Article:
Every now and then, if you are very lucky and a lover of French food, you will meet (or seek!) Such a talented chef as Jean-Marie Cadot, the charming and very talented Pattern from the eponymous Cadot Restaurant at 18111 Preston Road in North Dallas, located in a beautiful space on the northwest corner of Preston and Frankford.
CadotIn my opinion, it is now without a doubt one of North Texas’ half a dozen best French restaurants, a place of constant excellence run by a man who has spent three decades perfecting his art. It is also an unpretentious and no-nonsense place. You’ll find snow-white bedding on your table, flowers, impeccable surroundings decorated in a way that transports you to the Champs-Elysees in the spring, but without fidgeting, posture, or chore. And the prices are remarkably low, I suppose partly because the overheads aren’t as high as in downtown Dallas.
Jean-Marie Cadot is royal, a native of Paris who is the progeny of a family in the hospitality business since the 18th century. Jean-Marie began his training as a baker at the age of eight in his father’s house. bakery. Later he was an apprentice at the famous Lasserre in Paris (three stars in the Michelin guide). He also trained in Ferrandi and the Grands Moulins de Paris, the famous pastry and confectionery school, before arriving in Dallas in 1982.
Dallas diners who know his way will remember that he was the executive chef of Lavendou, the well established French restaurant operated by Pascal Cayet one mile north of Cadot, also on Preston Road. With thirty years of experience under his belt, Jean-Marie started his eponymous company four or five years ago. Friends from Los Angeles recommended that I visit Cadot more than once on my next trip to Dallas, and I followed that advice, dining there three times on a recent stay in Texas that kept me there for several weeks.
I went for lunch with a friend in the middle of the week and arrived around noon. About half the tables in the front dining room were already taken (Jean-Marie has cleverly divided his huge restaurant space into three or four rooms, each of which conveys a sense of intimacy and casual French elegance. The rooms spoil my food, there is too much noise and too much movement around me. Cadot is the correct size).
To start with, I ordered a duck terrine with pistachios and truffles, a kind of field pate which is lighter than the traditional goose liver pate so popular in France. Jean-Marie makes it himself in his 1,500 square foot kitchen. It was delicate and delicious, served with mustard and pickles, those tiny French pickles that no country pate should be served without.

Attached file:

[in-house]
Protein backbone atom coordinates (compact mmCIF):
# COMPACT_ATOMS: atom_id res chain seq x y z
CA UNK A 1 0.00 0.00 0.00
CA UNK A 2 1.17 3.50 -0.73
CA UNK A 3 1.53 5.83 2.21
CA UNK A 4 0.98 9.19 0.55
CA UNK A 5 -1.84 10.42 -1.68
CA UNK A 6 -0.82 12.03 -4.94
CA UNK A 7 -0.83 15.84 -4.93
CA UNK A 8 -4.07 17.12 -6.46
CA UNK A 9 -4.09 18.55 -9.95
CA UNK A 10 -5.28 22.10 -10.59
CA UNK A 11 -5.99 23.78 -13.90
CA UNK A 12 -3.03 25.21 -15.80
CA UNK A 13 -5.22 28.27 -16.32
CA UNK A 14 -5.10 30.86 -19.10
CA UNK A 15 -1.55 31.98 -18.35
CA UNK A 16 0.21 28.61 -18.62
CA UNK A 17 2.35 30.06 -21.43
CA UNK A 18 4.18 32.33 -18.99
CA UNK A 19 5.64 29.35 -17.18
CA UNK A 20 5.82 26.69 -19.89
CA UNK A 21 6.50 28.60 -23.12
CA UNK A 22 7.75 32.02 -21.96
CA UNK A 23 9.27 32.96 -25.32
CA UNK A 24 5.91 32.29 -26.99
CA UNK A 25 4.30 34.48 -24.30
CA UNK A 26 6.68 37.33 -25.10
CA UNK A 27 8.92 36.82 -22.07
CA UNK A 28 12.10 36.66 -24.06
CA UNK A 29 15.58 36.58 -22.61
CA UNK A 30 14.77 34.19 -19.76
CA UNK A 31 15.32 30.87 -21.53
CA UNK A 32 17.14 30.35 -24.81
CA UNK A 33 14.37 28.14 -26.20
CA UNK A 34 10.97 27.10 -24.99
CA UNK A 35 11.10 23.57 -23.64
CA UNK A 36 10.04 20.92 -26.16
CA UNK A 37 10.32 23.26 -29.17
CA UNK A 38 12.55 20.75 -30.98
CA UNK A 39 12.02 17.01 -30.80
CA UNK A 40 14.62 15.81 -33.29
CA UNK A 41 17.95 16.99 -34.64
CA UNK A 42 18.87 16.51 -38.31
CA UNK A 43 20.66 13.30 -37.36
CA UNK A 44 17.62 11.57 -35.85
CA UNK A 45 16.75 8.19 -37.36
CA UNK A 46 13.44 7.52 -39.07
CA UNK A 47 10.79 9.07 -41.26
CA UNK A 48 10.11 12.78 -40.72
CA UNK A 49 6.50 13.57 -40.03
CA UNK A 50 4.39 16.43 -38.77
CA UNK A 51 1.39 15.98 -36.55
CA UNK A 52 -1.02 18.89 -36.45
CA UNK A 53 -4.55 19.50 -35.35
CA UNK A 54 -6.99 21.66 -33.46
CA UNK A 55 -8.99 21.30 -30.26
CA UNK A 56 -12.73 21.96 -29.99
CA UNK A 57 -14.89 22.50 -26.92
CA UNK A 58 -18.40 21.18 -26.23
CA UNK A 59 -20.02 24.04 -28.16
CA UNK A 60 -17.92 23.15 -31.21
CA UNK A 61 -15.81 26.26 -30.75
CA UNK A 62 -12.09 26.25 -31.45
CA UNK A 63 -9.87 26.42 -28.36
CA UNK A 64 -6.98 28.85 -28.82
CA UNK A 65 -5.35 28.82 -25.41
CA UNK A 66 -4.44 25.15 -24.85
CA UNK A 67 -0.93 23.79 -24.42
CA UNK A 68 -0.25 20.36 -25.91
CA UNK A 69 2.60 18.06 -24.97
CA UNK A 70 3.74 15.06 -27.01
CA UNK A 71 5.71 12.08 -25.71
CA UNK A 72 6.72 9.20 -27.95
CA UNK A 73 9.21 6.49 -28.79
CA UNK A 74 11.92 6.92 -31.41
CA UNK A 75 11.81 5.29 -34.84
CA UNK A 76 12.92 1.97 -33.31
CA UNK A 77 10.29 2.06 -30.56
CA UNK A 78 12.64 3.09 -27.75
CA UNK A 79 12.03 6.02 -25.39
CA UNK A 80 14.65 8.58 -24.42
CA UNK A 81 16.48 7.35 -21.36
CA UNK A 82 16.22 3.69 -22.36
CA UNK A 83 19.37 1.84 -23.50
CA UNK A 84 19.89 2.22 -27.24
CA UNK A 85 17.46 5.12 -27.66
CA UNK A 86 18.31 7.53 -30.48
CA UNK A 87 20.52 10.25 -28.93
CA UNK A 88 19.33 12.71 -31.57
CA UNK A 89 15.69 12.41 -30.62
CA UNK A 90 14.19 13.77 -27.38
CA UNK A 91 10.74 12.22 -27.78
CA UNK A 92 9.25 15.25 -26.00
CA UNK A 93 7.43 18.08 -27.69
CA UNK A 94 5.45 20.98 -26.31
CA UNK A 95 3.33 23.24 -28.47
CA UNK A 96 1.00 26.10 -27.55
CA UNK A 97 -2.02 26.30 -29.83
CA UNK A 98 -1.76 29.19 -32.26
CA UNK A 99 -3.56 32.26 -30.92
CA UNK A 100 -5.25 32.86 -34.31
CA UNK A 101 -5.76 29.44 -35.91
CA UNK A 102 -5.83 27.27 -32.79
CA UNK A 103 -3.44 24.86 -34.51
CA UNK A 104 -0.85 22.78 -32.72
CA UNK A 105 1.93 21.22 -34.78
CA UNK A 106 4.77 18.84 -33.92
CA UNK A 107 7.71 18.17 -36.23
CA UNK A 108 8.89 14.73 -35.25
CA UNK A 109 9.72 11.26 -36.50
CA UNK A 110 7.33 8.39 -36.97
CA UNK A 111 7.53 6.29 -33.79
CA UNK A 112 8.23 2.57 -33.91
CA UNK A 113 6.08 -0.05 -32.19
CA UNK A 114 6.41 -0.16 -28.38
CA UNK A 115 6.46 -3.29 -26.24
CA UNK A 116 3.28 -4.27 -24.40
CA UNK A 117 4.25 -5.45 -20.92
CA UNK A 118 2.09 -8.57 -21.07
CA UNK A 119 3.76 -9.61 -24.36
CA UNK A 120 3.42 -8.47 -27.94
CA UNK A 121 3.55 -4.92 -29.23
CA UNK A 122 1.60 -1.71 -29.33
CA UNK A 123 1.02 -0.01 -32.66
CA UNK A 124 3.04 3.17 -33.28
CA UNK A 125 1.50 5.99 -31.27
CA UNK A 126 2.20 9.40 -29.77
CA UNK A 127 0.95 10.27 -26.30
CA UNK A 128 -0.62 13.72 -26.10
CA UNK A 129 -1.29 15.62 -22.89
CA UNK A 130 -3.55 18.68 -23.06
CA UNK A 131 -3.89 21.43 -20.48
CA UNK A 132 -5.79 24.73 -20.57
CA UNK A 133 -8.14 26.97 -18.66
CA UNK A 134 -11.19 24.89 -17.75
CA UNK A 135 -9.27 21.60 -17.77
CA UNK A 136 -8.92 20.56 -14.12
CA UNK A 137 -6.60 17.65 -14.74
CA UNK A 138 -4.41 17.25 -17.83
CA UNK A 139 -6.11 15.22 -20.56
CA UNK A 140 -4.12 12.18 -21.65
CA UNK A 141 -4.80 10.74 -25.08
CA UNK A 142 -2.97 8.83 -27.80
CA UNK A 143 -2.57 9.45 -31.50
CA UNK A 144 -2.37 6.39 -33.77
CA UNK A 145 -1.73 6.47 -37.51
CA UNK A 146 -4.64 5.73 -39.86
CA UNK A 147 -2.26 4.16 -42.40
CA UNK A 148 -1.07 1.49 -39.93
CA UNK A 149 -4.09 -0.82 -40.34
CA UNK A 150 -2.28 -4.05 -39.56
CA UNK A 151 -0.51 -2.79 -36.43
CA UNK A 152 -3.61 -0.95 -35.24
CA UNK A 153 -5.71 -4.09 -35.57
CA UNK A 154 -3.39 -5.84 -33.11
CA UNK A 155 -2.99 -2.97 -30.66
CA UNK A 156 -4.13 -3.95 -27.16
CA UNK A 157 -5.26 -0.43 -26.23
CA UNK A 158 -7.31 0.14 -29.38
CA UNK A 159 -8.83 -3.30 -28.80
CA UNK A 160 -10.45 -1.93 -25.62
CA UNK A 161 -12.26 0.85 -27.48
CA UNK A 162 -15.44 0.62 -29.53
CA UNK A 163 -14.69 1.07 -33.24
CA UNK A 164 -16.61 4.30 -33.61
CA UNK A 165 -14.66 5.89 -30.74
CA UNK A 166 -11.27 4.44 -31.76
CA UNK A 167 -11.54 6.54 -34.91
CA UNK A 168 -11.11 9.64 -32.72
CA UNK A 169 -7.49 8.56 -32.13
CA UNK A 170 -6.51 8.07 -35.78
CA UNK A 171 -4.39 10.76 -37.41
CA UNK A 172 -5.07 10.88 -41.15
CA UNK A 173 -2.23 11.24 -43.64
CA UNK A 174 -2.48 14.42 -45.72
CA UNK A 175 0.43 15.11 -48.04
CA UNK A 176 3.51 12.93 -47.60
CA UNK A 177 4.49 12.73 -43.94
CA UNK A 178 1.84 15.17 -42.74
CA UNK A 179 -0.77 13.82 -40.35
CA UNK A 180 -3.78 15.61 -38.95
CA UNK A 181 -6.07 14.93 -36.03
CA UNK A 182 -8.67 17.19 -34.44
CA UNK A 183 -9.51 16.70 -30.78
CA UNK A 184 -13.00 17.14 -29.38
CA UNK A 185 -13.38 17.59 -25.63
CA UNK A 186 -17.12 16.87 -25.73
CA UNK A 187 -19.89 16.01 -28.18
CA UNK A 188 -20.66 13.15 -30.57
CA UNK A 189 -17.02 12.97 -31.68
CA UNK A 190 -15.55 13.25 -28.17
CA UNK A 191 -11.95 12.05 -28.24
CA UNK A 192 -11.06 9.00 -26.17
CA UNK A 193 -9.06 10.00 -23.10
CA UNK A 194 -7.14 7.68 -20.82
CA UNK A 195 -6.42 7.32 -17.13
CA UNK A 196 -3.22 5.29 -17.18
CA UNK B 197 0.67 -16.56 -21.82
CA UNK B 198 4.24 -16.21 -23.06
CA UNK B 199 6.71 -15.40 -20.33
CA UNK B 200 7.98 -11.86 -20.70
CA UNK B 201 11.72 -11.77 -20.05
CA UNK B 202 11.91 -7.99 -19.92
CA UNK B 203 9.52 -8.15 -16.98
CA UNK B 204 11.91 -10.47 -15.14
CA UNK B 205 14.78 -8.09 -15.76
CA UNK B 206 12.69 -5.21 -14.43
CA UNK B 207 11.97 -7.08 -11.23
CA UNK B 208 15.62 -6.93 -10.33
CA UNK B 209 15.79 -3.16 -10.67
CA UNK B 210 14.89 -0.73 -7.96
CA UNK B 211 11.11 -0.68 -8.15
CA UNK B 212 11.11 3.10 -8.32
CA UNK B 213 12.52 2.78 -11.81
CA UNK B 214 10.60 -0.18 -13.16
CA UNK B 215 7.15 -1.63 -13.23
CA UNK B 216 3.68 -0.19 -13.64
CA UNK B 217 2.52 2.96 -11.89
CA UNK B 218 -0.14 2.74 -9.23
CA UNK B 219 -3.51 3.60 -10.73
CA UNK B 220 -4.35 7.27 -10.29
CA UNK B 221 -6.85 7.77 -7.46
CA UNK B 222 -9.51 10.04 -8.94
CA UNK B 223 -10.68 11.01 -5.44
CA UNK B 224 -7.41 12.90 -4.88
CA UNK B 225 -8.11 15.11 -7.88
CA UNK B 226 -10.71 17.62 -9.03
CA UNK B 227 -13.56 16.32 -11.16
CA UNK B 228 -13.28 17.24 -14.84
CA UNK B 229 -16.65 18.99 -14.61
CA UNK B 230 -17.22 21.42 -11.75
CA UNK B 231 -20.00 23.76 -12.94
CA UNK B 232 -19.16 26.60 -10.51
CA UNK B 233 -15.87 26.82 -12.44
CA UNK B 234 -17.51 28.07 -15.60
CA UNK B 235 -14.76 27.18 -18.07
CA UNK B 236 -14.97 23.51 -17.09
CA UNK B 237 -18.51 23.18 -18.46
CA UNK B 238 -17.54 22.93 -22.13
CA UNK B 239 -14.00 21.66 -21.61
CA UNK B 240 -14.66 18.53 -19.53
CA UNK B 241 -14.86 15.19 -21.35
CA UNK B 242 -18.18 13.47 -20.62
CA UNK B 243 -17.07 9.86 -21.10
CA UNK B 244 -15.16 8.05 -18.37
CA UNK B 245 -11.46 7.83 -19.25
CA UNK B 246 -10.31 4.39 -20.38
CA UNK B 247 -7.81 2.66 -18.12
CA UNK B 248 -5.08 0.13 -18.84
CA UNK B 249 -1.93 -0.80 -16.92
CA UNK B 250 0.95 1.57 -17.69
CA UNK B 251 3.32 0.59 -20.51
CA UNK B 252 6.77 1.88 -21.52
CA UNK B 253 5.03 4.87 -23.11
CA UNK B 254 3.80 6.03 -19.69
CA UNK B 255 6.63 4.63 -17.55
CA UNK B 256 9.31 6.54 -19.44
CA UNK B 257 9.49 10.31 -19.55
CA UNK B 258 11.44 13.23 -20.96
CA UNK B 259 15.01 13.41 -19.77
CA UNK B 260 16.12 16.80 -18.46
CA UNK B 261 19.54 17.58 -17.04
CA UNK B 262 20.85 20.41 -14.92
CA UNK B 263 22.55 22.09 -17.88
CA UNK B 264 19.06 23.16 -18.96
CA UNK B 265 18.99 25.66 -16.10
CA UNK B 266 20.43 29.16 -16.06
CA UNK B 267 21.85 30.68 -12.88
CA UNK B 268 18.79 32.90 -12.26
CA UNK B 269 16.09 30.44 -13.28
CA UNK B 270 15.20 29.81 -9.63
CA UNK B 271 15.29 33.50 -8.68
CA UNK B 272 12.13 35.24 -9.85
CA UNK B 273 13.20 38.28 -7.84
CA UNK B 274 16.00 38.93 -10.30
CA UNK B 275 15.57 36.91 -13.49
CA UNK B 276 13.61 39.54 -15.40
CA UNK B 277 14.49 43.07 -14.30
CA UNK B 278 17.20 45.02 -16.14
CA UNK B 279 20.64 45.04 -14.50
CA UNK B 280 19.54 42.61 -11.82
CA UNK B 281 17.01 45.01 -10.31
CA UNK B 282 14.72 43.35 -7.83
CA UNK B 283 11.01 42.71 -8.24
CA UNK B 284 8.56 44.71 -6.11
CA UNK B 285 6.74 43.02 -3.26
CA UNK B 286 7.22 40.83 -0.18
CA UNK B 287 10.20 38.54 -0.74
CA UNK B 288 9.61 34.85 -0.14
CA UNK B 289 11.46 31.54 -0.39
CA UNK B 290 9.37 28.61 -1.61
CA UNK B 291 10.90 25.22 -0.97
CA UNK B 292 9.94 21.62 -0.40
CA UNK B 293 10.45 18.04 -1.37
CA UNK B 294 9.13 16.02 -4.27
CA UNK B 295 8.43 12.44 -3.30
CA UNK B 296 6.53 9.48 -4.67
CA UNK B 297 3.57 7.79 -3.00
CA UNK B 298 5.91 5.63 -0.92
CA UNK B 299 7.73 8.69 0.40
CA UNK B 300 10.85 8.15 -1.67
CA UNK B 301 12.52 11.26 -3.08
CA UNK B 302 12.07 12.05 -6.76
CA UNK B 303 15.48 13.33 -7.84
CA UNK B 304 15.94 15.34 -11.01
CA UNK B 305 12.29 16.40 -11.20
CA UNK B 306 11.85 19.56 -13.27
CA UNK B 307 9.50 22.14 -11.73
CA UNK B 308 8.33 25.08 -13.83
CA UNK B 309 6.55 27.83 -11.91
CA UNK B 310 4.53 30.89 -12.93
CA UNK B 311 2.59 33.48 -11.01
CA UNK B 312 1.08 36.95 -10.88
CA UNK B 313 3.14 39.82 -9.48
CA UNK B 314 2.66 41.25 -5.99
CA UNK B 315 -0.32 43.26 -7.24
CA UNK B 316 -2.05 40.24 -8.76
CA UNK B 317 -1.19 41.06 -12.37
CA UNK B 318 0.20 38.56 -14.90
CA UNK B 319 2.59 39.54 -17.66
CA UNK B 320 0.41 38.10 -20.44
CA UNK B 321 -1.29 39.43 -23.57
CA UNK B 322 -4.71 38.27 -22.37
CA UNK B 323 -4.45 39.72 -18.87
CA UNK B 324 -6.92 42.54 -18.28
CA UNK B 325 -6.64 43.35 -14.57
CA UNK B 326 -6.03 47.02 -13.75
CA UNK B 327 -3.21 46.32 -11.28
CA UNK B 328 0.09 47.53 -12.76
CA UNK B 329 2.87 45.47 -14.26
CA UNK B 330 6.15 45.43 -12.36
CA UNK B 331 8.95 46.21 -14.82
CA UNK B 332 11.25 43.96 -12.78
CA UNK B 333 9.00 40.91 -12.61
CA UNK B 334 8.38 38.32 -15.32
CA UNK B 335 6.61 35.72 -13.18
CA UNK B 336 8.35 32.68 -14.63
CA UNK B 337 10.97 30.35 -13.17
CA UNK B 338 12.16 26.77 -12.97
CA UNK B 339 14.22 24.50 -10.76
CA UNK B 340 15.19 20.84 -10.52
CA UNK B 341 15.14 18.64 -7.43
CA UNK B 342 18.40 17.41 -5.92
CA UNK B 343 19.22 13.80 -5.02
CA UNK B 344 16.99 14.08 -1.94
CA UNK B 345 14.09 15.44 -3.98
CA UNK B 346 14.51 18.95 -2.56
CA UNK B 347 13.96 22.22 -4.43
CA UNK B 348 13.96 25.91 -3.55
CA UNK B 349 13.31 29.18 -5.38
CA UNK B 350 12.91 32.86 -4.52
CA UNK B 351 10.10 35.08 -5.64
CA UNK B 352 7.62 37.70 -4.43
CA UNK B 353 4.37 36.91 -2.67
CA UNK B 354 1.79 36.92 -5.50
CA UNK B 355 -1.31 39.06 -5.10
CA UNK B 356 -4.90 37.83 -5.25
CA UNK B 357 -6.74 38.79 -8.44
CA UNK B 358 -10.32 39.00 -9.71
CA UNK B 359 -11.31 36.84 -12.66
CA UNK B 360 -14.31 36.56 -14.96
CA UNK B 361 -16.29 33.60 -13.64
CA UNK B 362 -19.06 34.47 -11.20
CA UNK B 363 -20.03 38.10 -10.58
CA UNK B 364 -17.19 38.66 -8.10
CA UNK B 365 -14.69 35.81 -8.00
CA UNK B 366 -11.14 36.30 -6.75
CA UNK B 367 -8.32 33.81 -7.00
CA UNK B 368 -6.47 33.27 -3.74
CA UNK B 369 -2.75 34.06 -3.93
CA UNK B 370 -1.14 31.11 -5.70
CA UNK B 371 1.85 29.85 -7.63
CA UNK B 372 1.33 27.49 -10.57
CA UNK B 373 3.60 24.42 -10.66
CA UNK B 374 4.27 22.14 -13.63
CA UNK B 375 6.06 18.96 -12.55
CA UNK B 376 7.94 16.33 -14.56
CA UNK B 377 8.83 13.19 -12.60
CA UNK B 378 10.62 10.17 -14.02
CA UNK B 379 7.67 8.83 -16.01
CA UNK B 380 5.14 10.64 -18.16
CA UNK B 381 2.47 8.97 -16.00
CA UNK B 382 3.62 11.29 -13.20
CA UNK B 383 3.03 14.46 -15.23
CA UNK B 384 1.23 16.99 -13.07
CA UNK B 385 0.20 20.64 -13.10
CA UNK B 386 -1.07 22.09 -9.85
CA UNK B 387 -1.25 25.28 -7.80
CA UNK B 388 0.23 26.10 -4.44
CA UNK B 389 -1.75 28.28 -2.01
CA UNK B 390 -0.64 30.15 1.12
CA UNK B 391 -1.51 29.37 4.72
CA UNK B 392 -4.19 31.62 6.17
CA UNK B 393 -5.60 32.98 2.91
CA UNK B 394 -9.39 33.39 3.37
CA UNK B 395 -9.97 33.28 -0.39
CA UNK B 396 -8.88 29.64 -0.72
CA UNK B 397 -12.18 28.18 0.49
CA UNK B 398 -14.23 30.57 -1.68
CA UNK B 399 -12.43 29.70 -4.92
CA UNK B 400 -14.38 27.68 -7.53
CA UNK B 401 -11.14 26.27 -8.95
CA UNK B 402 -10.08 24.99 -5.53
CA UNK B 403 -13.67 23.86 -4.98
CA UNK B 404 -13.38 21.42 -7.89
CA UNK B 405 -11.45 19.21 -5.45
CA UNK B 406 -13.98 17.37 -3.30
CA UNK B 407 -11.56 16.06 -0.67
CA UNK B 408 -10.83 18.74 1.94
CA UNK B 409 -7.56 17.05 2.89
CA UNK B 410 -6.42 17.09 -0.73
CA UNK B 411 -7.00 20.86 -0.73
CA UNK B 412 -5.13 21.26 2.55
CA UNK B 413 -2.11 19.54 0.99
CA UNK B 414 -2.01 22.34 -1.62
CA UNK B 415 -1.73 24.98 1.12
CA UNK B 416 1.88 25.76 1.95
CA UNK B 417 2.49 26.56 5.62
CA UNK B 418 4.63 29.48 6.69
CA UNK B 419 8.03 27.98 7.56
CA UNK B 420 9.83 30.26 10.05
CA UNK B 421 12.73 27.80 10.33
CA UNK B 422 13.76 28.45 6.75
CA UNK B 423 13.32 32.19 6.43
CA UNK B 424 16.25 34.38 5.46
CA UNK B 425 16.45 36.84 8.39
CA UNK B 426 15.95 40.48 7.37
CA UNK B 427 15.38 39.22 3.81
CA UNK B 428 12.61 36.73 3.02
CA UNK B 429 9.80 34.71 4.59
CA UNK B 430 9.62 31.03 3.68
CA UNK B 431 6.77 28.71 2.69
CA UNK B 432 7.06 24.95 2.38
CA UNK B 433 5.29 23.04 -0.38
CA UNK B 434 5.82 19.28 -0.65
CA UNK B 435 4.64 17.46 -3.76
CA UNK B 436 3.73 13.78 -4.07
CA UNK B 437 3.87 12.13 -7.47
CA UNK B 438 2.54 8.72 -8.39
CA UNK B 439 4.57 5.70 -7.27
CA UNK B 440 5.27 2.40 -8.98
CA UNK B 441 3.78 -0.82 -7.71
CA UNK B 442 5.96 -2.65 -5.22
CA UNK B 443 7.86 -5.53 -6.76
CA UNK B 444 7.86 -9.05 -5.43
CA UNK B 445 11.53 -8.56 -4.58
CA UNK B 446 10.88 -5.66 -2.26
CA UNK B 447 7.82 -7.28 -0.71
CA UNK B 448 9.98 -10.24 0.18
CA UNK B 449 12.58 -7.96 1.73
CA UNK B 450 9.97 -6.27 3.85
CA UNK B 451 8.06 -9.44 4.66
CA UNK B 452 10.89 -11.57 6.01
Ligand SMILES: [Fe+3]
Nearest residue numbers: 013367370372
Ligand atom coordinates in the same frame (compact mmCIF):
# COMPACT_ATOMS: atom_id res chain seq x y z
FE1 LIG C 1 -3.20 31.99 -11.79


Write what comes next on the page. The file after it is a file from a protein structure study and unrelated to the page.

A friend in Highland Park had suggested I have one of Jean-Marie’s specialty salads as a main course, three large shrimp served with a mix of mesclum, green beans, small potatoes, and citrus bites in a vinaigrette, but I was tempted by a I wish that day for something that Cadot is justifiably famous for: chicken crepes served with mushrooms velvety and vegetables. These look simple and refreshing, but they’re easy to overcook and it takes a skillful, light hand to produce them to perfection. They came to my table hot with a light sauce, delicious bites of chicken breast wrapped in crepes, I couldn’t find them better made anywhere.
My partner that day, a true Francophile who flatters Cadot and goes there once a week, ordered a pacific snapper to the nicoise, which came with fresh tomato, a white wine sauce with basil and olives, and a side of mashed potatoes. He pronounced it excellent.
This is the kind of simple, beautifully executed French food that many chefs in America, even if trained in France, eschew in favor of quirky and exotic dishes rarely found in Paris. The food and lovely atmosphere boil down to wonderful conversation and we also had a lively chat with Jean-Marie himself, who often visits his guests to make sure they are happy. This is a man who takes his job seriously. And now, after all, it’s his own name on the door!
For dessert we both chose the homemade one. Catalan cream with some raspberries on top, a wonderfully rich vanilla cream encased in a caramelized sugar weave. I finished my meal with an excellent espresso, which I asked to be served with a couple of slices of lemon peel. Perfectly done. My lunch partner had a cappuccino.
This is a restaurant that is a treasure for those who live in the northern part of Dallas. For those who live in the city center, they will find the drive worthwhile and to their delight, they will also find ample parking right in front of the restaurant, a perk that will more than offset the cost of the gasoline you use. to get there from the city center. No Valet Fees at Cadot! It’s like visiting a very elegant residence in North Dallas, inside and out. I urge you to go there soon.
Cadot It has a very informative (and quite nice to use) website where you can research the menus before your visit. You will find Cadot Restaurant at 18111 Preston Rd, Suite 120 in the northwest quadrant of the intersection of Preston and Frankford, Dallas, TX 75252.
It is always advisable to make a reservation: (972) 267-5700